The debate over Japan's 'apology'
Prime Minister of Japan Tomichi Murayama last week did what no other Japanese leader ever ventured to do. He extended his "heart-felt apathy" for atrocities committed by his country in World War II. He expressed his feelings of profound mourning for all victims, both at home and abroad.
Murayama thus took what Western political analysts described as a "pragmatic approach." However, in a nationwide survey, a poll revealed that not all Japanese felt they had to apologize alone.
In Britain, the media carried stories of 'horror' committed by the Japanese. Newspaper reports focused on the "Death Railway" which Japan saw as a vital link to Burma.
Over a hundred and twenty thousand people perished including 16,000 Allied POWs - mostly British, Dutch and Australians. This was in addition to the thousands of soldiers from the British Indian Army.
It seems the apology by the Japanese Prime Minster is not enough. Murayama's expression of humility and remorse should lead to other acts compensation. However, the Japanese are not willing to pay. I do agree with them. It is enough they have said sorry - at least their prime minister has. Some members of the Diet - the Japanese Parliament - criticized Murayama: "If he and other politicians want to apologize, let them slit their bellies and apologize."
What do the British want more from the Japanese? Do they want them to grovel or bow? What will they have to do to atone for their "mistakes?" Feelings against the Japanese have run high in the past few days in Britain and it would be better if Japanese tourists stay away from Britain this hot and mean summer. What really mind boggling is the facade of political correctness and standing on the moral high ground by some Western leaders - including Mr. Major, President Clinton, New Zealand Premier Jim Bolger and Australia's Paul Keating who all indicated they were content with the apology.
I and many others believe that the whole Japan "apology" debate is hypocritical. Can it rally be true that Japan's war record was any worse than anyone else's especially those who expressed "content with the apology".
Clinton should think of apologizing to the Native Red Indians for the inhuman cruelty inflicted on them by early American settlers. Bolger should go and kneel before the Maoris. Keating should do the same to the aborigines.
As for Mr. Major he'll have to, one day, apologize to the Bosnians for his anti-Bosnian stand which resulted in the deaths of thousands of innocent Muslim men, women and children. As a Balkan appeaser deliberately overlooking the atrocities of the Serbs, he encouraged war criminal such as Karadzic and Mladic to inflict misery much more than was inflicted on his countrymen by the Japanese.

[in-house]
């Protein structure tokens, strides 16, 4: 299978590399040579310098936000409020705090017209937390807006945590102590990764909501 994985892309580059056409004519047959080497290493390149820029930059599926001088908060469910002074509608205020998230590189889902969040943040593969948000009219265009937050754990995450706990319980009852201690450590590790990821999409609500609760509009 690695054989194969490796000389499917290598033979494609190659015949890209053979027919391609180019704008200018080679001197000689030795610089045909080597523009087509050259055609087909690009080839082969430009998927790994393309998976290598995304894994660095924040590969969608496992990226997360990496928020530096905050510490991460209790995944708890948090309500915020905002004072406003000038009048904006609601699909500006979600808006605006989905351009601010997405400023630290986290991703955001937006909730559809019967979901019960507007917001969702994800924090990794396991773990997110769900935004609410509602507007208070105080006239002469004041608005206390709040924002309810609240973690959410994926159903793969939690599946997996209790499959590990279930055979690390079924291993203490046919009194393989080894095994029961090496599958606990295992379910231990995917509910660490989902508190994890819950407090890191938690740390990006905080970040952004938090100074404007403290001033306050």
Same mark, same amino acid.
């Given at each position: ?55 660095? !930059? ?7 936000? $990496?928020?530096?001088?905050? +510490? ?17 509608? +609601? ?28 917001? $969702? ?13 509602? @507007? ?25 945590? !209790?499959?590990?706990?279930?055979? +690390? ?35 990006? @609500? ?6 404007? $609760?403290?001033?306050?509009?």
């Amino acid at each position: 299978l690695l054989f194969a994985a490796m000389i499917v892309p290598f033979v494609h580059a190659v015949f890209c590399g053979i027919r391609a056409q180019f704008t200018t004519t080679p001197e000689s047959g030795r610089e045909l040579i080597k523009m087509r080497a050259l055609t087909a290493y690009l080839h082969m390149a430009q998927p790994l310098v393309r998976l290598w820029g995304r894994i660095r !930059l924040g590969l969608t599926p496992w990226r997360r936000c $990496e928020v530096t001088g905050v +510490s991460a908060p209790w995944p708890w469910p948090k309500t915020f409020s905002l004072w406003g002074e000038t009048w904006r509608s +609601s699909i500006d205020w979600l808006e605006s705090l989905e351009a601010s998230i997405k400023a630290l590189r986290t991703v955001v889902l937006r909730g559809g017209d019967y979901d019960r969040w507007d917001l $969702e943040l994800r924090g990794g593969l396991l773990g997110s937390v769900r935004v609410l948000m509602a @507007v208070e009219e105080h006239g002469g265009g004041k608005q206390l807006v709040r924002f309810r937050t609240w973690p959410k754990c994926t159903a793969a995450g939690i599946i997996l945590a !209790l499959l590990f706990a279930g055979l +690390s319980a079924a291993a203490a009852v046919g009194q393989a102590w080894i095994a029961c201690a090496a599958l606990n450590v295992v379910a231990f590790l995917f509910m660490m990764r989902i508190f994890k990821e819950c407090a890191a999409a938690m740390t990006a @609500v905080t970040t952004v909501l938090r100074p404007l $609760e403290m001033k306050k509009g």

Japan treated white soldiers and colonialists as the British Empire always treated the whole of Asia - as coolies. It is unfortunate that while memorial services were being held there was not one for the natives of the British Indian army who too paid the ultimate sacrifice - thousands of Hindus, Muslims and Sikhs had no one to eulogize them.
War is a dirty game and it is inevitable that excesses are committed by all sides. It is unfortunate that those who are defeated are forced to atone. while at the same time the victors themselves unleashed terror and destruction unseen in history. Clinton therefore should be apologized to the Japanese over Hiroshima and Nagasaki. And since we are talking about the past, the British should lay a bouquet of flowers on the graves of the victims of the Dresden bombing.
The Western media campaign against Japanese was tinged with hatred and racism. It was an obsessive pursuit of some sad event that should be a closed chapter in the history of our existing troubled world fraught with dangers that require cooler heads. If another Hiroshima is to be avoided let bygones be bygones. Let us read carefully the clauses of the Treaty of Versailles and study how they sowed the seeds of the World War II.
We are now moving on to a new millennium. We are facing challenges that all of us have to confront. It is no use to say that the world has become a global village.
Yet at the same time rare and rant about a track war.
It is not for us to correct the attitudes of others about particular periods of their own history without doing some soul-searching ourselves.
Let us work for a kinder future.
Topics: England, Japan